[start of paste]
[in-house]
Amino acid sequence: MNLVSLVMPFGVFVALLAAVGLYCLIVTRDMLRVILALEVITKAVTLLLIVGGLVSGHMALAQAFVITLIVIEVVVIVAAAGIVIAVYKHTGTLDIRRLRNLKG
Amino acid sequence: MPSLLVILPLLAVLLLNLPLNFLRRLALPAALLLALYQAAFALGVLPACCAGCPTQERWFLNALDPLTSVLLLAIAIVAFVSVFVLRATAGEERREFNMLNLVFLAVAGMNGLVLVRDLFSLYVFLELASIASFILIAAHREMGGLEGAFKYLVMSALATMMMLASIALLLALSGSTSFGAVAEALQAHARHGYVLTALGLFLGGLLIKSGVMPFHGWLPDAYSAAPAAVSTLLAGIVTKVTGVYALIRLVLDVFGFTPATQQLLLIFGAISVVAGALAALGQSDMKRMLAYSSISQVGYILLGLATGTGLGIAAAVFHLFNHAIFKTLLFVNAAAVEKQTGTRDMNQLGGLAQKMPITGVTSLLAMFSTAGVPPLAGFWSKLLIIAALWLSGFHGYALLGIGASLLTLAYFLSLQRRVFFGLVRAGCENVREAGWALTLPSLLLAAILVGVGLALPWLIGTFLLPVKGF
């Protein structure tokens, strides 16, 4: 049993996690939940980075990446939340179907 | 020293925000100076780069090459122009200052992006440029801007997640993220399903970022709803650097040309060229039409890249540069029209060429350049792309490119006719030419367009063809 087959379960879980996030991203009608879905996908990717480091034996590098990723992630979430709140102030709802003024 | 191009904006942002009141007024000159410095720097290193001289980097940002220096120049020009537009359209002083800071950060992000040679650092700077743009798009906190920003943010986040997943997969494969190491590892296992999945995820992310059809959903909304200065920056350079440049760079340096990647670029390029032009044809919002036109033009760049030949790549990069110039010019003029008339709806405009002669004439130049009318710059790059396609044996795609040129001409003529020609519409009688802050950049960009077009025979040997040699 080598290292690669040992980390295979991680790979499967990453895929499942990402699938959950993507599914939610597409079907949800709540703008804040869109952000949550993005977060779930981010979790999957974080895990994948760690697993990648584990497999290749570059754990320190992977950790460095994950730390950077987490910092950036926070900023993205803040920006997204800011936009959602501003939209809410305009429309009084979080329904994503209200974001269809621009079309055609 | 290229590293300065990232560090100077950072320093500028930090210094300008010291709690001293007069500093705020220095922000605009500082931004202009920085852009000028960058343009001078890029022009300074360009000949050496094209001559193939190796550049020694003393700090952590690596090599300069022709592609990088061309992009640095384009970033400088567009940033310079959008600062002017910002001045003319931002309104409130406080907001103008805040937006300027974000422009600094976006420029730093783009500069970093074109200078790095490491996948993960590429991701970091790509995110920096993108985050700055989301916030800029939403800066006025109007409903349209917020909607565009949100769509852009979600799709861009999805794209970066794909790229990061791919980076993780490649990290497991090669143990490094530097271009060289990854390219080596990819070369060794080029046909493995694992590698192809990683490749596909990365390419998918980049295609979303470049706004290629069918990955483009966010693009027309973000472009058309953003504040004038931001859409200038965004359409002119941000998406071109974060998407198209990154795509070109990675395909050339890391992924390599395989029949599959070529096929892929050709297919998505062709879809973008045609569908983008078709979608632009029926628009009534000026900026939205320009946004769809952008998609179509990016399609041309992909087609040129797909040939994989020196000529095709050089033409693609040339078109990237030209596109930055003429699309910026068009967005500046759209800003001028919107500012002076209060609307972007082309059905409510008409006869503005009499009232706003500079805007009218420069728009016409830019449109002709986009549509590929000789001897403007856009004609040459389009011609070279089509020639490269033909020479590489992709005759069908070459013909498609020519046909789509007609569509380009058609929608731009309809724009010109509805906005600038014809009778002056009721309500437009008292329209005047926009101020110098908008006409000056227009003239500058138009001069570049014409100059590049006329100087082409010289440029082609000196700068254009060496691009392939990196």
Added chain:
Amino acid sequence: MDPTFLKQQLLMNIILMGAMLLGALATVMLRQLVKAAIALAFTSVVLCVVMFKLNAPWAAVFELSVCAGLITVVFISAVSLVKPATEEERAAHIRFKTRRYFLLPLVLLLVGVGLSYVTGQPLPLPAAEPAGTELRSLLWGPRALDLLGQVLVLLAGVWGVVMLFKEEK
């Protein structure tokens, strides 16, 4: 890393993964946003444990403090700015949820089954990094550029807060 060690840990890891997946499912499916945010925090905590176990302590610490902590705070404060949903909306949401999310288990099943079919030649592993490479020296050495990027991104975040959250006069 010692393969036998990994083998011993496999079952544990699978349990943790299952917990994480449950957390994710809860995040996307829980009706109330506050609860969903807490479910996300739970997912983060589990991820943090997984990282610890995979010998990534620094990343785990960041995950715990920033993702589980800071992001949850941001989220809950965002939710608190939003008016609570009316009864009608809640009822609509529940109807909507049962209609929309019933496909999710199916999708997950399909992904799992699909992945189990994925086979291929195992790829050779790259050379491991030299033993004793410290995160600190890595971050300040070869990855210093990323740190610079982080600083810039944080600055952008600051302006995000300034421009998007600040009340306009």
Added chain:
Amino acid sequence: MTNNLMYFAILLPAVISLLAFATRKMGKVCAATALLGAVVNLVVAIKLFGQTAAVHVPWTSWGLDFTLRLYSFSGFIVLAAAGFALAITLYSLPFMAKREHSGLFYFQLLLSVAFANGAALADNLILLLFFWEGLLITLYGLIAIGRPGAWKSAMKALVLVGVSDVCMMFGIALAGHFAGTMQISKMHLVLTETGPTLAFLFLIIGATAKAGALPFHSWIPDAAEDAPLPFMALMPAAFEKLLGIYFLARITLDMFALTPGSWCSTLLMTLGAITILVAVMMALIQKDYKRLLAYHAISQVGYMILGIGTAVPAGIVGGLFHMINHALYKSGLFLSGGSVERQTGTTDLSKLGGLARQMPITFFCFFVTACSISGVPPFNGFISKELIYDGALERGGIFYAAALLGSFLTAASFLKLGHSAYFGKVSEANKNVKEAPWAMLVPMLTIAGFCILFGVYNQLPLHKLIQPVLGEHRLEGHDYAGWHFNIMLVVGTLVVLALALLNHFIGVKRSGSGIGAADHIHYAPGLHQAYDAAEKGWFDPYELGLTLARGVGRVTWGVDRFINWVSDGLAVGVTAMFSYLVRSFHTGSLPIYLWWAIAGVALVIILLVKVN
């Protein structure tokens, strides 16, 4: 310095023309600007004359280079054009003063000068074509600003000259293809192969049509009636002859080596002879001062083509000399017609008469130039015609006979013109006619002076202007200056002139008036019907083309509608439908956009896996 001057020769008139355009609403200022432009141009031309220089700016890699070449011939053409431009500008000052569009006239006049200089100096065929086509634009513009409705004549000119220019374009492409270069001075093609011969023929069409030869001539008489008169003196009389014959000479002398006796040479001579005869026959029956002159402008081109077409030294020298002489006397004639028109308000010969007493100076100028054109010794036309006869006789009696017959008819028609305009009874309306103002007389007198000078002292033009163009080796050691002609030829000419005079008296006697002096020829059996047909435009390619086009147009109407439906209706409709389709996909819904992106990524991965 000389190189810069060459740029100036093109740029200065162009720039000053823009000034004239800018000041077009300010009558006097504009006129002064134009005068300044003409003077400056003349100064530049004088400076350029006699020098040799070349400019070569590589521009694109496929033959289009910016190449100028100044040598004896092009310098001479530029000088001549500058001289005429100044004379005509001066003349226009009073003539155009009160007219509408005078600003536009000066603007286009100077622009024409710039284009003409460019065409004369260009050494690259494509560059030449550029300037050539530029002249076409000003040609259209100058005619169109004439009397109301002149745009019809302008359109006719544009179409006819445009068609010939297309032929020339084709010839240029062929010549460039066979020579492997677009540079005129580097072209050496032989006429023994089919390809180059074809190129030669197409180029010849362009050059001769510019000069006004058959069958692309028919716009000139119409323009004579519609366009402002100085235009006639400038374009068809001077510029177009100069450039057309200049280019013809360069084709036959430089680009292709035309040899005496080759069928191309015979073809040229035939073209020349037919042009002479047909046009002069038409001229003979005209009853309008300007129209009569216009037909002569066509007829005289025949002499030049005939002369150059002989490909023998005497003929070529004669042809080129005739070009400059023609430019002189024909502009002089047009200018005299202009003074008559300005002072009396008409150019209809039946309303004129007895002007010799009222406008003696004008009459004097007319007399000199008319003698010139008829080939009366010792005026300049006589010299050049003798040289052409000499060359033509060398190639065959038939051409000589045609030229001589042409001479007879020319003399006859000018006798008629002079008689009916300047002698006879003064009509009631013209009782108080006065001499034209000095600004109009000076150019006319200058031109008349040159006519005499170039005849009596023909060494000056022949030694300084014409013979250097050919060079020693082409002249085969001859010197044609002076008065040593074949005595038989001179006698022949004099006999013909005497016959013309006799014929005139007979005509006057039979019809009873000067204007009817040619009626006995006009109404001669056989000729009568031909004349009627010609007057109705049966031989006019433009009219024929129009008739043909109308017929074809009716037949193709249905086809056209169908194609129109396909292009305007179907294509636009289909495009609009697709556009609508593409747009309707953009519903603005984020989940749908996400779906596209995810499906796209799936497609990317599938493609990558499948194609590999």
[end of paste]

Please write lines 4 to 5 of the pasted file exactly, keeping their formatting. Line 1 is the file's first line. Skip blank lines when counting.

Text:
């Protein structure tokens, strides 16, 4: 049993996690939940980075990446939340179907 | 020293925000100076780069090459122009200052992006440029801007997640993220399903970022709803650097040309060229039409890249540069029209060429350049792309490119006719030419367009063809 087959379960879980996030991203009608879905996908990717480091034996590098990723992630979430709140102030709802003024 | 191009904006942002009141007024000159410095720097290193001289980097940002220096120049020009537009359209002083800071950060992000040679650092700077743009798009906190920003943010986040997943997969494969190491590892296992999945995820992310059809959903909304200065920056350079440049760079340096990647670029390029032009044809919002036109033009760049030949790549990069110039010019003029008339709806405009002669004439130049009318710059790059396609044996795609040129001409003529020609519409009688802050950049960009077009025979040997040699 080598290292690669040992980390295979991680790979499967990453895929499942990402699938959950993507599914939610597409079907949800709540703008804040869109952000949550993005977060779930981010979790999957974080895990994948760690697993990648584990497999290749570059754990320190992977950790460095994950730390950077987490910092950036926070900023993205803040920006997204800011936009959602501003939209809410305009429309009084979080329904994503209200974001269809621009079309055609 | 290229590293300065990232560090100077950072320093500028930090210094300008010291709690001293007069500093705020220095922000605009500082931004202009920085852009000028960058343009001078890029022009300074360009000949050496094209001559193939190796550049020694003393700090952590690596090599300069022709592609990088061309992009640095384009970033400088567009940033310079959008600062002017910002001045003319931002309104409130406080907001103008805040937006300027974000422009600094976006420029730093783009500069970093074109200078790095490491996948993960590429991701970091790509995110920096993108985050700055989301916030800029939403800066006025109007409903349209917020909607565009949100769509852009979600799709861009999805794209970066794909790229990061791919980076993780490649990290497991090669143990490094530097271009060289990854390219080596990819070369060794080029046909493995694992590698192809990683490749596909990365390419998918980049295609979303470049706004290629069918990955483009966010693009027309973000472009058309953003504040004038931001859409200038965004359409002119941000998406071109974060998407198209990154795509070109990675395909050339890391992924390599395989029949599959070529096929892929050709297919998505062709879809973008045609569908983008078709979608632009029926628009009534000026900026939205320009946004769809952008998609179509990016399609041309992909087609040129797909040939994989020196000529095709050089033409693609040339078109990237030209596109930055003429699309910026068009967005500046759209800003001028919107500012002076209060609307972007082309059905409510008409006869503005009499009232706003500079805007009218420069728009016409830019449109002709986009549509590929000789001897403007856009004609040459389009011609070279089509020639490269033909020479590489992709005759069908070459013909498609020519046909789509007609569509380009058609929608731009309809724009010109509805906005600038014809009778002056009721309500437009008292329209005047926009101020110098908008006409000056227009003239500058138009001069570049014409100059590049006329100087082409010289440029082609000196700068254009060496691009392939990196």
Added chain: